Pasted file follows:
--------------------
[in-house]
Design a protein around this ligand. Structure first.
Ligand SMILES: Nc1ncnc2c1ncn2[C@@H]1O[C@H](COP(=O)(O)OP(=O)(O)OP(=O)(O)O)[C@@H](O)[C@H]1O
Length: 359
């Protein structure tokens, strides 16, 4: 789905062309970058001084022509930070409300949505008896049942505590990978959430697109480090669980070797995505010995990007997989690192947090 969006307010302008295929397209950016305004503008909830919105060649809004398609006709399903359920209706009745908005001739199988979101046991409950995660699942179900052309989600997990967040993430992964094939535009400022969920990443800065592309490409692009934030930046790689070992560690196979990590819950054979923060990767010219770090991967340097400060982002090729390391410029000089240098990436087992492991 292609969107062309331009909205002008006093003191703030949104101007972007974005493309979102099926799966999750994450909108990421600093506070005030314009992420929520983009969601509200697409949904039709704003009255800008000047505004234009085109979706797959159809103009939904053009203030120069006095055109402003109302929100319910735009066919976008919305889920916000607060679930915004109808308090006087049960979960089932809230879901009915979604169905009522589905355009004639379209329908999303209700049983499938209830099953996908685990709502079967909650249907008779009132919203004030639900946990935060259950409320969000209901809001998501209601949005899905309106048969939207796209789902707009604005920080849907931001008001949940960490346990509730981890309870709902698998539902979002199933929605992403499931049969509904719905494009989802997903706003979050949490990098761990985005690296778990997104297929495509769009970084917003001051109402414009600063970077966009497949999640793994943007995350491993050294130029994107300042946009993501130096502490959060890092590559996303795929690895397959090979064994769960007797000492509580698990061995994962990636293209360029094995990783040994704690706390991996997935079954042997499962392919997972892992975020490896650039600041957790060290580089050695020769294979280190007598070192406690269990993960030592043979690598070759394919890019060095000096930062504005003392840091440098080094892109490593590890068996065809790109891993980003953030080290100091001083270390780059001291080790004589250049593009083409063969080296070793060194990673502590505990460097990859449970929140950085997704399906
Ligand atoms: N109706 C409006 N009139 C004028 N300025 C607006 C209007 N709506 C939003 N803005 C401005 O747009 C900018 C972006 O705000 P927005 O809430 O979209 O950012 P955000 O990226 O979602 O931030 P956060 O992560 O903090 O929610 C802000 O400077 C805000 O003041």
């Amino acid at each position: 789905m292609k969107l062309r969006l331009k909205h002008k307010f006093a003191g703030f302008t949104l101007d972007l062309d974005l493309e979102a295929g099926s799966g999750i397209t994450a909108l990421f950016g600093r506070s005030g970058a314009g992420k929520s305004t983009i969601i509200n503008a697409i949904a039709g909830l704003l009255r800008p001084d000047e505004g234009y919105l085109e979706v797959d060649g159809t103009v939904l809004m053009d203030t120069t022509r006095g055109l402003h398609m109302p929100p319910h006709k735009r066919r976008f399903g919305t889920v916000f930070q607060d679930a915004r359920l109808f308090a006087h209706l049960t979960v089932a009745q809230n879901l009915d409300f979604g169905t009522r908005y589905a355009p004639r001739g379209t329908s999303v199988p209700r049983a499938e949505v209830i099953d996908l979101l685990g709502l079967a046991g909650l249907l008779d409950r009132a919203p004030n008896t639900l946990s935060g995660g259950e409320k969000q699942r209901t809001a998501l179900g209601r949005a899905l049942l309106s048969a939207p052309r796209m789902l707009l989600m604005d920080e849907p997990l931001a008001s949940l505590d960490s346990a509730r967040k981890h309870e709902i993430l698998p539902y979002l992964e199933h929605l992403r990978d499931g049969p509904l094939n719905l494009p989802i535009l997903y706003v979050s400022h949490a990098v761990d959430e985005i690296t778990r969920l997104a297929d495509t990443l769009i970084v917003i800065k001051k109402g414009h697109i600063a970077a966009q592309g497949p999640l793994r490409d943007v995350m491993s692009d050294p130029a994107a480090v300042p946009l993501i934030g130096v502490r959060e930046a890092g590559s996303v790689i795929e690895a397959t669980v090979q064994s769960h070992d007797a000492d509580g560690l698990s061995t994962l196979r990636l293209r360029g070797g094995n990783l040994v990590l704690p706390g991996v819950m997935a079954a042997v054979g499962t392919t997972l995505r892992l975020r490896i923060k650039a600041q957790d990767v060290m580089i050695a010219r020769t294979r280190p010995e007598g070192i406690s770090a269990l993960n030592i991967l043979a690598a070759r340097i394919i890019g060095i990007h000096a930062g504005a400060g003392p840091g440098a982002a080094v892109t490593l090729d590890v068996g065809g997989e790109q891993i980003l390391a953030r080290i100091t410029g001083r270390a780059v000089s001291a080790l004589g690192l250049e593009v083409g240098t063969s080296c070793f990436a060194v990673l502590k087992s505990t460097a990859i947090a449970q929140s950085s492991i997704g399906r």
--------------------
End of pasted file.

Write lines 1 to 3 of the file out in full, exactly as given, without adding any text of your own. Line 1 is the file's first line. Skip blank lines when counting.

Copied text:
[in-house]
Design a protein around this ligand. Structure first.
Ligand SMILES: Nc1ncnc2c1ncn2[C@@H]1O[C@H](COP(=O)(O)OP(=O)(O)OP(=O)(O)O)[C@@H](O)[C@H]1O